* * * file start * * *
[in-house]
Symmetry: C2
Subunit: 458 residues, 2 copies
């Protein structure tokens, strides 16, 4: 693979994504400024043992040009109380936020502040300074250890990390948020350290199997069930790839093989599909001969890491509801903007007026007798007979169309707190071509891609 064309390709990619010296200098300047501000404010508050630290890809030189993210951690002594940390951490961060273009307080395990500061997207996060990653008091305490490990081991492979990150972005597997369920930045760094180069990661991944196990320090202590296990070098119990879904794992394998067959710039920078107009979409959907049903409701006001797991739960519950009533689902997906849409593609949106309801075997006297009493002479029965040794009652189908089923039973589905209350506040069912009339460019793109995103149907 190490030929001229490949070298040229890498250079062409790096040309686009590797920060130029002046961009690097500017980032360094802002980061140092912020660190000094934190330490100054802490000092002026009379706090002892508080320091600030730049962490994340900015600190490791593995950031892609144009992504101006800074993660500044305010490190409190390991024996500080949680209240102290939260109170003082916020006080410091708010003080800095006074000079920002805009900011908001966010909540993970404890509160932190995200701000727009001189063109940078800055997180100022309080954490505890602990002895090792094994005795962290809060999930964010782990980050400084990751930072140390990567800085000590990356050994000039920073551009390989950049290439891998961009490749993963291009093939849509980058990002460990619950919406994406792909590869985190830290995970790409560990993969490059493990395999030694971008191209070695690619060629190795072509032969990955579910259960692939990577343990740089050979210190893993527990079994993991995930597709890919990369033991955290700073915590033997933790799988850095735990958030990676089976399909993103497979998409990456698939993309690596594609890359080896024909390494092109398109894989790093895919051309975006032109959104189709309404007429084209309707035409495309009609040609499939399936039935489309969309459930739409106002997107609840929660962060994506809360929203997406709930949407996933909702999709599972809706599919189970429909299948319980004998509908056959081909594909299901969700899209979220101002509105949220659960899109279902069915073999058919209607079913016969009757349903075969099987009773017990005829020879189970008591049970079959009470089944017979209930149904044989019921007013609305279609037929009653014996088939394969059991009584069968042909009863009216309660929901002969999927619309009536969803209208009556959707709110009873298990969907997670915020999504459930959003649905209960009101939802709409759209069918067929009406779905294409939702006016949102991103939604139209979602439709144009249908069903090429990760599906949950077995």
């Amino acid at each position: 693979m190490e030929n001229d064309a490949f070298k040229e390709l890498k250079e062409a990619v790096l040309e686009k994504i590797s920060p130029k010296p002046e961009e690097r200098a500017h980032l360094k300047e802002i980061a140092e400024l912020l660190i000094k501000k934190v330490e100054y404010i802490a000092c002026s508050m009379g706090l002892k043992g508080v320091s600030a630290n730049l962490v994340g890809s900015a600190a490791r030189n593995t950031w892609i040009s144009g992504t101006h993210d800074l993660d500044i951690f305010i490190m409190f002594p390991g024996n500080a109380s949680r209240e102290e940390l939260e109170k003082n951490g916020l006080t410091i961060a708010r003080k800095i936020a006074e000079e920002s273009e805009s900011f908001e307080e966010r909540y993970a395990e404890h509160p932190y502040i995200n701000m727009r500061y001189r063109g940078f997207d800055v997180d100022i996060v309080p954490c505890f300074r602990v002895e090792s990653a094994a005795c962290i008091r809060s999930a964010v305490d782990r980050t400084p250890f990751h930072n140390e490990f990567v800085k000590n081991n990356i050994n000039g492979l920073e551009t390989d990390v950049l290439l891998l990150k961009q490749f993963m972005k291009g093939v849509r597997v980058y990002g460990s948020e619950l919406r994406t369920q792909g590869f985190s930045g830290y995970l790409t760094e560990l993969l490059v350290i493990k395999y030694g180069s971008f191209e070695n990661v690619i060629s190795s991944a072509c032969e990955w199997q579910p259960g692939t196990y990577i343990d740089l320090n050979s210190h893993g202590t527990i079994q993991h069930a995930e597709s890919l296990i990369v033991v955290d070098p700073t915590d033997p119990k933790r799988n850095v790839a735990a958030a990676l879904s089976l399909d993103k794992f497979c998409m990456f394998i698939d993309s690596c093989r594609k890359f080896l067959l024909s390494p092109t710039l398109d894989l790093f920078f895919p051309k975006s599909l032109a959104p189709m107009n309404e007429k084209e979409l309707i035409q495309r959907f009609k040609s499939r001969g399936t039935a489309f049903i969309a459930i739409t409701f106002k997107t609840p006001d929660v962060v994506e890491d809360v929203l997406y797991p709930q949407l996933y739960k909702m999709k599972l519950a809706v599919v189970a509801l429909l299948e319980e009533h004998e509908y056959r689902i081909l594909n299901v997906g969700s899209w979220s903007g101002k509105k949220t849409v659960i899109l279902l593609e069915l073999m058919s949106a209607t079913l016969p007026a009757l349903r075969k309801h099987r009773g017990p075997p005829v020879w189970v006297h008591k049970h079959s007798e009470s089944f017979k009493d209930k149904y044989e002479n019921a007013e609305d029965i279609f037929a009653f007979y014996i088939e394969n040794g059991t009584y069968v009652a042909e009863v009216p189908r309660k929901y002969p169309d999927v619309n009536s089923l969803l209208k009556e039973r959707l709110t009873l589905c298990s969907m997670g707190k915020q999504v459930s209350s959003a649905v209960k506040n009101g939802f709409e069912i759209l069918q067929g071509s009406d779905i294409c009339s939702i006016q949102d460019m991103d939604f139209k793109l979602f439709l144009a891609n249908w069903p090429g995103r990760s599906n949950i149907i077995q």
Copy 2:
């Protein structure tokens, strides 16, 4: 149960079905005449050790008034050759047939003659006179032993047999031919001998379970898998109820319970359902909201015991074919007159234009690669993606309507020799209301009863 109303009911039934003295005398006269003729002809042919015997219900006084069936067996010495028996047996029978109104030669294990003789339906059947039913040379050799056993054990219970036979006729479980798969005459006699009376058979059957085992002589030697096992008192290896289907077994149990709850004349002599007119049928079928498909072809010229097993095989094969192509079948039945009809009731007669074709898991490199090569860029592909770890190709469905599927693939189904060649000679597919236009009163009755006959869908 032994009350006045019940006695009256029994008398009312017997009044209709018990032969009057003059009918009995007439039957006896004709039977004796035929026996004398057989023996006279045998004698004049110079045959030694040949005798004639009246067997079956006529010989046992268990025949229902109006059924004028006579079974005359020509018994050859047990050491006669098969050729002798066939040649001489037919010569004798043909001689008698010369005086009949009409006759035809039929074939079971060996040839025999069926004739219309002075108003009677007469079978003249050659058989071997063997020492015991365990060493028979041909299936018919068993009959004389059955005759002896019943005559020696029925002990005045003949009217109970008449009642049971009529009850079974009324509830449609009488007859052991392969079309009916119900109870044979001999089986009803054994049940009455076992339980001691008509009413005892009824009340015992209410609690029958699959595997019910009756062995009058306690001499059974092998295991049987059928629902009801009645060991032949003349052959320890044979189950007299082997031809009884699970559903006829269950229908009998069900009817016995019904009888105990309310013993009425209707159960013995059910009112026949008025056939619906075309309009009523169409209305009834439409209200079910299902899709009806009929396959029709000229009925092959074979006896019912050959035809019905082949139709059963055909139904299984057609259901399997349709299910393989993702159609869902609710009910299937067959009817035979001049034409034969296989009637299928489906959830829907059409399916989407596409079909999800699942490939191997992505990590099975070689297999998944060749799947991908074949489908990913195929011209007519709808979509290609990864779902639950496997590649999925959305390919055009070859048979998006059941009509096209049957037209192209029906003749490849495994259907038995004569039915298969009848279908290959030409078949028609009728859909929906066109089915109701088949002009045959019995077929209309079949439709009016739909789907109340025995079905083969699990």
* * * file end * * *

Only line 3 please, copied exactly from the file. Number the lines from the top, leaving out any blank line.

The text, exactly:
Subunit: 458 residues, 2 copies